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22 November 2011

For those about Victorian



As we already know, Victorian elements have been incorporated in Gothic fashion so much that the definition of "Victorian Goth" has been created.
But how much do you really know about proper 19th century Victorian fashion? Here are a few facts that can help you increase your knowledge about it:
Victorian women's clothing followed trends that emphasized elaborate dresses, skirts with wide volume created by the use of layered material such as crinolines, hoop skirt frames, and heavy fabrics. Because of the impracticality and health impact of the era's fashions, a reform movement began among women.
The ideal silhouette of the time demanded a narrow waist, which was accomplished by constricting the abdomen with a laced corset. While the silhouette was striking, and the dresses themselves were often exquisitely detailed creations, the fashions were cumbersome. At best, they restricted women's movements and at worst, they had a harmful effect on women's health. Physicians turned their attention to the use of corsets and determined that they caused several medical problems: compression of the thorax, restricted breathing, organ displacement, poor circulation, and prolapsed uterus.
In the 1840s and 1850s, women's gowns developed narrow and sloping shoulders, low and pointed waists, and bell-shaped skirts. Corsets, a knee-length chemise, and layers of flounced petticoats were worn under the gowns. By the 1850s the number of petticoats was reduced and the crinoline was worn; as such the size of the skirts expanded. Day dresses had a solid bodiceand evening gowns had a very low neckline and were worn off the shoulder with sheer shawls and opera-length gloves.
Bustles-dress-fashion-victorian-favim.com-182976_large
In the 1860s, the skirts became flatter at the front and projected out more behind the woman. Day dresses had wide pagoda sleeves and high necklines with lace or tatted collars. Evening dresses had low necklines and short sleeves, and were worn with short gloves or fingerless lace or crocheted mitts.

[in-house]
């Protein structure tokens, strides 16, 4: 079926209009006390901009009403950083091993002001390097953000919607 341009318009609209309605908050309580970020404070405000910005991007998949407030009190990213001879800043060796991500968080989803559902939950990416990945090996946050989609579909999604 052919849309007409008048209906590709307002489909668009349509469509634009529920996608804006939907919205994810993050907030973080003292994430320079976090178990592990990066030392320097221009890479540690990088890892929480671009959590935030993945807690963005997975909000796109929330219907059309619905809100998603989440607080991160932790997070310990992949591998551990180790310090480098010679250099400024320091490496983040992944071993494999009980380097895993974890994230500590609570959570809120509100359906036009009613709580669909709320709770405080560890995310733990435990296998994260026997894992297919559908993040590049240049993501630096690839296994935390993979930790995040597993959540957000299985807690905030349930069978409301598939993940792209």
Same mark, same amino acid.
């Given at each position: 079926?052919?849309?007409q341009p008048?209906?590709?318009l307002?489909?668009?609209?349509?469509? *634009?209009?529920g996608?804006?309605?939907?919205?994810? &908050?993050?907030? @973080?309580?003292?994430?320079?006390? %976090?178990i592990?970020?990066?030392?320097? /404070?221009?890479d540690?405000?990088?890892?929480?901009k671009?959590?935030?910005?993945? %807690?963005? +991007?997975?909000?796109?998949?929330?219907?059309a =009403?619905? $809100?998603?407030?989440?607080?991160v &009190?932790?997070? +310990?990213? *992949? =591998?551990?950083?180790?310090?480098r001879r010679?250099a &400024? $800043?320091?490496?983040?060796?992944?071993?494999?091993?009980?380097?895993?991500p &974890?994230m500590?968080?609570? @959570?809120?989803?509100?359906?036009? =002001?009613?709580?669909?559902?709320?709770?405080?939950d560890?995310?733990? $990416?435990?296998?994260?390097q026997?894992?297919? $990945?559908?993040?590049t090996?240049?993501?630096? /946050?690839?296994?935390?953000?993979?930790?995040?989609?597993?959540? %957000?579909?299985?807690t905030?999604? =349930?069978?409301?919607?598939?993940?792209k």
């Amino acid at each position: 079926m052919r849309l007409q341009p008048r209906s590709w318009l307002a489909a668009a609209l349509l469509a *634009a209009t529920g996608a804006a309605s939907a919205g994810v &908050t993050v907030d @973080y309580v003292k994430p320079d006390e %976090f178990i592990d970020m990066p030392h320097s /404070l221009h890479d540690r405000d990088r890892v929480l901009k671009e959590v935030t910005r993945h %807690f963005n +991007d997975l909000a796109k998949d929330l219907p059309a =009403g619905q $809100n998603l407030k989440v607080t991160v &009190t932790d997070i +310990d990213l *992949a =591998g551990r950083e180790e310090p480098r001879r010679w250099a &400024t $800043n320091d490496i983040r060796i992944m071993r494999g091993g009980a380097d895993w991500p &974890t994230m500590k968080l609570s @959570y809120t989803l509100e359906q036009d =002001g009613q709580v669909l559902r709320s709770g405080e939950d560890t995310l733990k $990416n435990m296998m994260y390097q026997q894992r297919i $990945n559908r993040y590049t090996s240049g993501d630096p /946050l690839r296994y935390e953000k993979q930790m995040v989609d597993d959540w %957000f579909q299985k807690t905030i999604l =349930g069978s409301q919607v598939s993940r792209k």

In the 1870s, uncorseted tea gowns were introduced for informal entertaining at home and steadily grew in popularity. Bustles were used to replace the crinoline to hold the skirts up behind the woman, even for "seaside dresses".
In the 1880s, riding habits had a matching jacket and skirt (without a bustle), a high-collared shirt or chemisette, and a top hat with a veil. Hunting costumes had draped ankle-length skirts worn with boots or gaiters. Clothing worn when out walking had a long jacket and skirt, worn with the bustle, and a small hat or bonnet. Travelers wore long coats like dusters.
In the 1890s, women's fashion became simpler and less extravagant; both bustles and crinoline fell out of use and dresses were not as tight as before. Corsets were still used but became slightly longer, giving women a slight S-curve silhouette. Skirts took on a trumpet shape, fitting closely over the hip with a wasp-waist cut and flaring just above the knee. High necks and puffed sleeves became popular. Sportswear for women, such as bicycling dresses, tennis dresses, and swimwear became popular.

In Britain, black is the colour traditionally associated with mourning for the dead. The customs and etiquette expected of men, and especially women, were rigid during much of the Victorian era. The expectations depended on a complex hierarchy of close or distant relationship with the deceased. The closer the relationship, the longer the mourning period and the wearing of black. The wearing of full black was known as First Mourning, which had its own expected attire, including fabrics, and an expected duration of 4 to 18 months. Following the initial period of First Mourning, the mourner would progress to Second Mourning, a transition period of wearing less black, which was followed by Ordinary Mourning, and then Half-mourning. Some of these stages of mourning were shortened or skipped completely if the mourner's relationship to the deceased was more distant. Half-mourning was a transition period when black was replaced by acceptable colours such as lavender and mauve, possibly considered acceptable transition colours because of the tradition of Church of England (and Catholic) clergy wearing lavender or mauve stoles for funeral services, to represent the Passion of Christ.




other interesting info can be found at: www.victorian-era.org 

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